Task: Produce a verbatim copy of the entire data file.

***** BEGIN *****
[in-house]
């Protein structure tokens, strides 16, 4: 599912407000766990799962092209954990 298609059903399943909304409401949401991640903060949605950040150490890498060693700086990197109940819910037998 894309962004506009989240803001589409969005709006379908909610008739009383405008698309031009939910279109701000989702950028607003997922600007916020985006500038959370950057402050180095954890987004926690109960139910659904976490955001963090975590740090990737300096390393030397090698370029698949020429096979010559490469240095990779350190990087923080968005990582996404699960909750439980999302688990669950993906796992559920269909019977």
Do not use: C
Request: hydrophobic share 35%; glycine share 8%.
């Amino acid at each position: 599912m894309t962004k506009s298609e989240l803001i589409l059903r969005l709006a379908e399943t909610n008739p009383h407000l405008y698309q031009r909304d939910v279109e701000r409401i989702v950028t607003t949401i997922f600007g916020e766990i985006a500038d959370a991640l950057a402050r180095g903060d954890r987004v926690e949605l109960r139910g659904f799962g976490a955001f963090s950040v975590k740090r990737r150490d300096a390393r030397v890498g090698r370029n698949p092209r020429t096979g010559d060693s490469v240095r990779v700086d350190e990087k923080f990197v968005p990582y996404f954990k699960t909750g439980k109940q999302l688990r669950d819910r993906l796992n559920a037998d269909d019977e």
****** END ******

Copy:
[in-house]
């Protein structure tokens, strides 16, 4: 599912407000766990799962092209954990 298609059903399943909304409401949401991640903060949605950040150490890498060693700086990197109940819910037998 894309962004506009989240803001589409969005709006379908909610008739009383405008698309031009939910279109701000989702950028607003997922600007916020985006500038959370950057402050180095954890987004926690109960139910659904976490955001963090975590740090990737300096390393030397090698370029698949020429096979010559490469240095990779350190990087923080968005990582996404699960909750439980999302688990669950993906796992559920269909019977």
Do not use: C
Request: hydrophobic share 35%; glycine share 8%.
């Amino acid at each position: 599912m894309t962004k506009s298609e989240l803001i589409l059903r969005l709006a379908e399943t909610n008739p009383h407000l405008y698309q031009r909304d939910v279109e701000r409401i989702v950028t607003t949401i997922f600007g916020e766990i985006a500038d959370a991640l950057a402050r180095g903060d954890r987004v926690e949605l109960r139910g659904f799962g976490a955001f963090s950040v975590k740090r990737r150490d300096a390393r030397v890498g090698r370029n698949p092209r020429t096979g010559d060693s490469v240095r990779v700086d350190e990087k923080f990197v968005p990582y996404f954990k699960t909750g439980k109940q999302l688990r669950d819910r993906l796992n559920a037998d269909d019977e």